Synopses & Reviews
"Cesar Chavez treated religion as he treated so many topics of importance in his life: as something to be willed into contribution to a higher good. This volume describes with poignant specificity the strategies of spiritual hybridization that assured Chavez's iconic persistence. Luis Leand#243;n has written a book equal in grace, compassion, and subtlety to its subject."and#151;Kathryn Lofton, Professor of Religious Studies, American Studies, History, and Divinity at Yale University
"Leand#243;n offers a powerful new interpretation of the life and work of Cesar Chavez that more fully accounts for Chavezand#8217;s religious appeal and spiritual movement building. Leand#243;n crafts a new story, a nepantla story, of Chavez the human, civil, and labor rights movement leader whose social justice work fused with his ecumenical religious perspective in what Leand#243;n aptly terms his 'political spirituality.' This vital new insight on Chavezand#8217;s spiritual and humanist work will serve scholars in many fields."and#151;Theresa Delgadillo, Associate Professor of Comparative Studies and Latino/a Studies at Ohio State University
"This impressive new book is a project in radical optics. Herein Leand#243;n asks us to put aside for a moment our understanding of Chavez the labor unionizer who brought better wages and work conditions to Californiaand#8217;s farmworkers, and to focus more sharply on the spiritual man who drew on a number of ecumenical religious traditions to dignify human life. Studying Chavezand#8217;s spirituality, his ritual practicesand#151;fasting, public prayers, penitential pilgrimagesand#151;and the sources of his prophetic vision, we gain a richer understanding of the complexity of Chavezand#8217;s humanism and his impact in creating communities more nurturing and tolerant of difference."and#151;Ramand#243;n A. Gutiand#233;rrez, Preston and Sterling Morton Distinguished Service Professor of American History and the College at the University of Chicago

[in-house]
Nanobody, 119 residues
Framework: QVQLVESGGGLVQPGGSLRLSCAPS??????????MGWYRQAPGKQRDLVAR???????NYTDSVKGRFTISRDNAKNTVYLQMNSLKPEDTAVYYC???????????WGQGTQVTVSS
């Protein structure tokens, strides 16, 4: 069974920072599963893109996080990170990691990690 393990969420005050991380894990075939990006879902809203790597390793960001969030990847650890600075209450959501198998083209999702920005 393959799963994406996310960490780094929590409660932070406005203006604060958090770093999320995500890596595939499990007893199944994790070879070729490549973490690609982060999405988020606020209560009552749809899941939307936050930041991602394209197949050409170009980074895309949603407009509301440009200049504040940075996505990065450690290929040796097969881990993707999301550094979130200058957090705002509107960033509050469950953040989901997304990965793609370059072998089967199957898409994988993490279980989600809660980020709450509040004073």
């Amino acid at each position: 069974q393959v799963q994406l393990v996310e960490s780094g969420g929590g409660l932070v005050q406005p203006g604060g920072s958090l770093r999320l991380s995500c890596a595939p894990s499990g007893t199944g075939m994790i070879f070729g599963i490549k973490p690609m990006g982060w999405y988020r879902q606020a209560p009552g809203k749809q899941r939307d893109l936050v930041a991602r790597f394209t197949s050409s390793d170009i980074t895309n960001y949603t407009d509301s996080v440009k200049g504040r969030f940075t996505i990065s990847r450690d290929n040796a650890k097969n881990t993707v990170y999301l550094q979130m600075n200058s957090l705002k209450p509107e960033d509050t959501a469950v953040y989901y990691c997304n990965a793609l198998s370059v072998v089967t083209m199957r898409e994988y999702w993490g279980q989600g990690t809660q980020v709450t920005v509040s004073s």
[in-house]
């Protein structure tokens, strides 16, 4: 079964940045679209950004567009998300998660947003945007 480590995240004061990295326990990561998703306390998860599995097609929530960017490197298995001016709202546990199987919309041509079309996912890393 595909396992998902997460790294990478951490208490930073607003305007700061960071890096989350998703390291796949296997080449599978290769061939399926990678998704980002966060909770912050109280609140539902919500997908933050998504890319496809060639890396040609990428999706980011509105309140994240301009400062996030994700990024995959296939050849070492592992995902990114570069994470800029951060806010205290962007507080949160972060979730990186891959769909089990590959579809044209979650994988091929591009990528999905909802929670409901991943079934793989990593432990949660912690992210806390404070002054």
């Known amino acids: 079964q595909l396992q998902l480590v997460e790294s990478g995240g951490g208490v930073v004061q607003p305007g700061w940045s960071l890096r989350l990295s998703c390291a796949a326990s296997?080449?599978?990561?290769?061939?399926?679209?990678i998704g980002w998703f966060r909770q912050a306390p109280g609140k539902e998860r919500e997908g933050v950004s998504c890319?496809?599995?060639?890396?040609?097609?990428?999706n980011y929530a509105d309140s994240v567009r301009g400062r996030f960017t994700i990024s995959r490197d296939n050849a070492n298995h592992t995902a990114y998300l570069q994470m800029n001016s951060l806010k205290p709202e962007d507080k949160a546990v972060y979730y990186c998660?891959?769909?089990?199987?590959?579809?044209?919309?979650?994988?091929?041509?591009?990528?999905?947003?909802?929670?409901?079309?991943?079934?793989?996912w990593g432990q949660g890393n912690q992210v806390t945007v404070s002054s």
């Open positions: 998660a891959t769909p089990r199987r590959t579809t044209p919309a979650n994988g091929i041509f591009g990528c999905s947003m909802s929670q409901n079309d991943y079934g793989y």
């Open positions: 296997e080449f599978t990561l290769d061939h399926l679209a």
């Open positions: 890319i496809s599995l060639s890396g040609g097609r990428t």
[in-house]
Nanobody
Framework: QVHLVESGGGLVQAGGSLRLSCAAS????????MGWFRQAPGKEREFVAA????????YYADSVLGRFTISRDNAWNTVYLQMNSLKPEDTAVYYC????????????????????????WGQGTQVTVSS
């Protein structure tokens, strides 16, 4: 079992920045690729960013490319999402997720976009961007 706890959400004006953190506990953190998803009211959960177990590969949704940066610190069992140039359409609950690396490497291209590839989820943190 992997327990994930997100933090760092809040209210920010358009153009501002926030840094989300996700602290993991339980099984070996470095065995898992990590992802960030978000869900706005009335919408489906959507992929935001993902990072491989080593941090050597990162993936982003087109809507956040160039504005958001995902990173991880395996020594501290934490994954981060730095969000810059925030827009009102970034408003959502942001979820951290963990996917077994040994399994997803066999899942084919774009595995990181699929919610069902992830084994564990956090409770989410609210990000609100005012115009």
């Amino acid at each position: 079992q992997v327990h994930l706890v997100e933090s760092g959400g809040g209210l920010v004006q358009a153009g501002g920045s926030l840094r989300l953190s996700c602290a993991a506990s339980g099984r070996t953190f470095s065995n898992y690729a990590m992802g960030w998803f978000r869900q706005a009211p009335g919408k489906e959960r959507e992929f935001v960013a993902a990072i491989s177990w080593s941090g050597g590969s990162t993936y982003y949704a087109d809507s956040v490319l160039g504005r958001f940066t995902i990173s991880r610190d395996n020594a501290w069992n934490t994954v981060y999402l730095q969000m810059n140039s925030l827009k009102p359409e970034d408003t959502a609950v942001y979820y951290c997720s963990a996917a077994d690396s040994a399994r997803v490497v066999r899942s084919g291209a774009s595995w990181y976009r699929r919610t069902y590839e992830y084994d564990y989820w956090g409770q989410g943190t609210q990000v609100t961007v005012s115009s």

The Political Spirituality of Cesar Chavez: Crossing Religious Borders maps and challenges many of the mythologies that surround the late iconic labor leader. Focusing on Chavez's own writings, Leand#243;n argues that La Causa can be fruitfully understood as a quasi-religious movement based on Chavezand#8217;s charismatic leadership, which he modeled after Martin Luther King Jr. and Gandhi. Chavez recognized that spiritual prophecy, or political spirituality, was the key to disrupting centuries-old dehumanizing narratives that conflated religion with race. Chavezand#8217;s body became emblematic for Chicano identity and enfleshed a living revolution. While there is much debate and truth-seeking around how he is remembered, through investigating the leaderand#8217;s construction of his own public memory, the author probes the meaning of the discrepancies. By refocusing Chavez's life and beliefs into three broad movementsand#151;mythology, prophecy, and religionand#151;Leand#243;n brings us a moral and spiritual agent to match the political leader.
About the Author
Luis D. Leand#243;n is Associate Professor in the department of Religious Studies at the University of Denver and author of La Llorona's Children: Religion, Life, and Death in the U.S.-Mexican Borderlands.
Table of Contents
List of Illustrations
(Re)Introduction. Enfleshment: Cesarand#8217;s Body
1. Mythology: Think Different
2. Prophecy: In the Path of Gandhi and Martin Luther King
3. Religion: A Revolutionary Spirit
Conclusion. The Lost Gospel: and#147;God Help Us to Be Men!and#8221;